The Honorable Justice Heiple delivered the opinion of the court. Justice Nickels, dissenting. Justices Miller and McMORROW join in this dissent.
The opinion of the court was delivered by: Heiple
JUSTICE HEIPLE delivered the opinion of the court:
Is an employee's promise to forgo another job opportunity in exchange for a guarantee of lifetime employment sufficient consideration to modify an existing employment-at-will relationship? If "yes," must such an agreement be in writing to satisfy the requirements of the statute of frauds? These questions, among others, must be answered in plaintiff Dennis McInerney's appeal from an order of the appellate court affirming a grant of summary judgment in favor of the defendant, Charter Golf, Inc. Although we conclude that a promise for a promise is sufficient consideration to modify a contract-even an employment contract-we further conclude that the statute of frauds requires that a contract for lifetime employment be in writing.
The facts are uncomplicated. This case comes to us on a grant of summary judgment, so our review is de novo ( Barnett v. Zion Park District, 171 Ill. 2d 378, 385, 216 Ill. Dec. 550, 665 N.E.2d 808 (1996)), and we will consider "the pleadings, depositions, and admissions on file, together with the affidavits, if any," to determine whether a genuine issue of material fact exists (735 ILCS 5/2-1005(c) (West 1994)). From 1988 through 1992, Dennis McInerney worked as a sales representative for Charter Golf, Inc., a company which manufactures and sells golf apparel and supplies. Initially, McInerney's territory included Illinois but was later expanded to include Indiana and Wisconsin. In 1989, McInerney allegedly was offered a position as an exclusive sales representative for Hickey-Freeman, an elite clothier which manufactured a competing line of golf apparel. Hickey-Freeman purportedly offered McInerney an 8% commission.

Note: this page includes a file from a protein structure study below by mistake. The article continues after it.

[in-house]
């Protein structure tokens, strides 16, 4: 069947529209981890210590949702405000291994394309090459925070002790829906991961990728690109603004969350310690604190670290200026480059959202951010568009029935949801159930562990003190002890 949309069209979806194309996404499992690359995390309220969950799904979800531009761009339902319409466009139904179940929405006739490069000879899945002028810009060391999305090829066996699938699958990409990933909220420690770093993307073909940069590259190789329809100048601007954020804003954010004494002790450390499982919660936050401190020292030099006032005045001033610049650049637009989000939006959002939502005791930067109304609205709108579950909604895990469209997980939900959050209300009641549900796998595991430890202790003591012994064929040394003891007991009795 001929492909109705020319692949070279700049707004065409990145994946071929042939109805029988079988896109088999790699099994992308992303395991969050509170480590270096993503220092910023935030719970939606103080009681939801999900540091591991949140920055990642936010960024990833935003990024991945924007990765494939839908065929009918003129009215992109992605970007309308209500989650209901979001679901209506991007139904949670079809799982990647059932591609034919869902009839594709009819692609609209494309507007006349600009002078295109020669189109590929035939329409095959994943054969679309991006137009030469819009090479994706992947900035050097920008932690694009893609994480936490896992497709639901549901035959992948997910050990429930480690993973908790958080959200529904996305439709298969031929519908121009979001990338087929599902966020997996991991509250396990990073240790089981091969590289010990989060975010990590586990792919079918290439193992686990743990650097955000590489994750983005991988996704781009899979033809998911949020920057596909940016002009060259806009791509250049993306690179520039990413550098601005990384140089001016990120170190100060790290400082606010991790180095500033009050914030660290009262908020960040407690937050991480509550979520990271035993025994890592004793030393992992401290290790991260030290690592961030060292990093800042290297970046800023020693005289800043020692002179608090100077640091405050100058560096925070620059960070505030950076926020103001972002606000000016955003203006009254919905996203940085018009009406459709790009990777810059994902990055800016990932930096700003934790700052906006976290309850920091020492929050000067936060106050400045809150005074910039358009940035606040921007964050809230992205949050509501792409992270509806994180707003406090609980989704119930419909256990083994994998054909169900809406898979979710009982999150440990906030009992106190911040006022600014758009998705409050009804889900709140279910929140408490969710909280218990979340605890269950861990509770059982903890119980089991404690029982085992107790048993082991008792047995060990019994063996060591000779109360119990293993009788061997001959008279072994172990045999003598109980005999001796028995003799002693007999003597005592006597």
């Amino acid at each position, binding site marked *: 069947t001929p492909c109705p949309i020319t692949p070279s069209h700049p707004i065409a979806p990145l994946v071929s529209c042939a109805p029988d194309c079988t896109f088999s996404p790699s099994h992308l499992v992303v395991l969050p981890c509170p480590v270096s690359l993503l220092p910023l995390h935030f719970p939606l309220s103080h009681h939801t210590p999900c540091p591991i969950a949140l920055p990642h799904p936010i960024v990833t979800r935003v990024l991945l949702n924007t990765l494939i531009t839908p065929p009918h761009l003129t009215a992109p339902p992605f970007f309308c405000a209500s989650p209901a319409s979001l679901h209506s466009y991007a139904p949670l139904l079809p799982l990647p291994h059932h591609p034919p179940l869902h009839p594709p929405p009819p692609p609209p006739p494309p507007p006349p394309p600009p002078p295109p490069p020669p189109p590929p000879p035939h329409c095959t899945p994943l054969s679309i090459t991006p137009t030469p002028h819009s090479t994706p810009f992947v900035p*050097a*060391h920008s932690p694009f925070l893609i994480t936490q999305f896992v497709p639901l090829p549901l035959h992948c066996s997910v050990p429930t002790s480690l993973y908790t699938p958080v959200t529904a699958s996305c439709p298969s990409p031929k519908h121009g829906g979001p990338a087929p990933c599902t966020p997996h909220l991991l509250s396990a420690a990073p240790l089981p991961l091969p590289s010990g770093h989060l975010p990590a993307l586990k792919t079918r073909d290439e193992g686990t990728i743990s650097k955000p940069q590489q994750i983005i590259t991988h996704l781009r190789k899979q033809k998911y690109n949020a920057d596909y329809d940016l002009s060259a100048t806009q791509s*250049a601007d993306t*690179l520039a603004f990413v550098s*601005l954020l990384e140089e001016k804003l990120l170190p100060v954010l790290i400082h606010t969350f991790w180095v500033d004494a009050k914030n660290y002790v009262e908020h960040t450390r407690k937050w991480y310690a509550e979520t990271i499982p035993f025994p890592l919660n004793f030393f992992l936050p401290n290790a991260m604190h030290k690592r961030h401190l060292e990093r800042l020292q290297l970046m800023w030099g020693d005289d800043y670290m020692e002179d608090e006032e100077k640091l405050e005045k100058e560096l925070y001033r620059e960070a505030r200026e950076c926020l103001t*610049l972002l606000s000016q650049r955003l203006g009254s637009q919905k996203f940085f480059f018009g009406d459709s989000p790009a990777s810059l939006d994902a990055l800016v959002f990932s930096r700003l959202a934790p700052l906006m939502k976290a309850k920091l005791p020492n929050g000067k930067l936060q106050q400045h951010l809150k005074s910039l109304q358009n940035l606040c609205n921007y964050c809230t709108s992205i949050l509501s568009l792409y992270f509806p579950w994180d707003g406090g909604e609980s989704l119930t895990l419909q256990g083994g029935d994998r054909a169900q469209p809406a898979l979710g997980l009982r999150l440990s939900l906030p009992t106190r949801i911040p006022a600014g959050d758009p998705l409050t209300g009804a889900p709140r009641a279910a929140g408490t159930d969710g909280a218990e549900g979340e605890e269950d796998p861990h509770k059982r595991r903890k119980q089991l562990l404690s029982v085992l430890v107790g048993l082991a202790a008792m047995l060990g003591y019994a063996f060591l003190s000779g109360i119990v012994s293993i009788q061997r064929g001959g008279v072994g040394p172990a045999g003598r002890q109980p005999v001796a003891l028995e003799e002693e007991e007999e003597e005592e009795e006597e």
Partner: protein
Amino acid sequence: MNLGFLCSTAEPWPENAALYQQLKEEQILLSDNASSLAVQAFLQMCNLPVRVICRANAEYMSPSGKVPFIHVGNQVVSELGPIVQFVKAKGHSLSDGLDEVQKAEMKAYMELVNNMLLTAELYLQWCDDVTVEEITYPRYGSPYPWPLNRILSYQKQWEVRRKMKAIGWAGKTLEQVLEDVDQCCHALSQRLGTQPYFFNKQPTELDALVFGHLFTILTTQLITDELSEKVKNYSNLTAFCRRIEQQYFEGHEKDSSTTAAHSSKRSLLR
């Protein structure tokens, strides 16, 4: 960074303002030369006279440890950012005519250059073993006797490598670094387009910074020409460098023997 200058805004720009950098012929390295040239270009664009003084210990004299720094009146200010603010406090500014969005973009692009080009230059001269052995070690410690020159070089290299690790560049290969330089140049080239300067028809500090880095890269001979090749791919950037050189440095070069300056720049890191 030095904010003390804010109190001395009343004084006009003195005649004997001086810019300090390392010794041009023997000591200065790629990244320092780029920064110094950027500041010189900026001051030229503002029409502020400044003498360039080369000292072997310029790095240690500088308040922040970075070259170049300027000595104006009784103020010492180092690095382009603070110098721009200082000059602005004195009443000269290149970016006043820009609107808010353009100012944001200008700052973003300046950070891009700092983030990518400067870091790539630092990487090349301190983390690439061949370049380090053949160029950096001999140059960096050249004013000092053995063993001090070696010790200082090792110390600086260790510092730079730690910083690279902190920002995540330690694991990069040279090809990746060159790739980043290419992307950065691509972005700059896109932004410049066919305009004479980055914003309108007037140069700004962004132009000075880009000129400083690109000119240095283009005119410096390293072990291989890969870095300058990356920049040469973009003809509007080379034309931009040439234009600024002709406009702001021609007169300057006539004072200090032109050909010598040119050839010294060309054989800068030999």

Intending to inform Charter Golf of his decision to accept the Hickey-Freeman offer of employment, McInerney called Jerry Montiel, Charter Golf's president. Montiel wanted McInerney to continue to work for Charter Golf and urged McInerney to turn down the Hickey-Freeman offer. Montiel promised to guarantee McInerney a 10% commission on sales in Illinois and Wisconsin "for the remainder of his life," in a position where he would be subject to discharge only for dishonesty or disability. McInerney allegedly accepted Charter Golf's offer and, in exchange for the guarantee of lifetime employment, gave up the Hickey-Freeman offer. McInerney then continued to work for Charter Golf.
In 1992, the relationship between Charter Golf and McInerney soured: Charter Golf fired McInerney. McInerney then filed a complaint in the circuit court of Cook County, alleging breach of contract. The trial court granted Charter Golf's motion for summary judgment after concluding that the alleged oral contract was unenforceable under the statute of frauds because the contract amounted to an agreement which could not be performed within a year from its making. The appellate court affirmed, but on a wholly different ground. No. 1-94-1764 (unpublished order under Supreme Court Rule 23). The appellate court held that the putative contract between McInerney and Charter Golf suffered from a more fundamental flaw, namely, that no contract for lifetime employment even existed because a promise to forbear another job opportunity was insufficient consideration to convert an existing employment-at-will relationship into a contract for lifetime employment.
This court accepted McInerney's petition for leave to appeal (155 Ill. 2d R. 315), and for the reasons set forth below, we affirm on other grounds.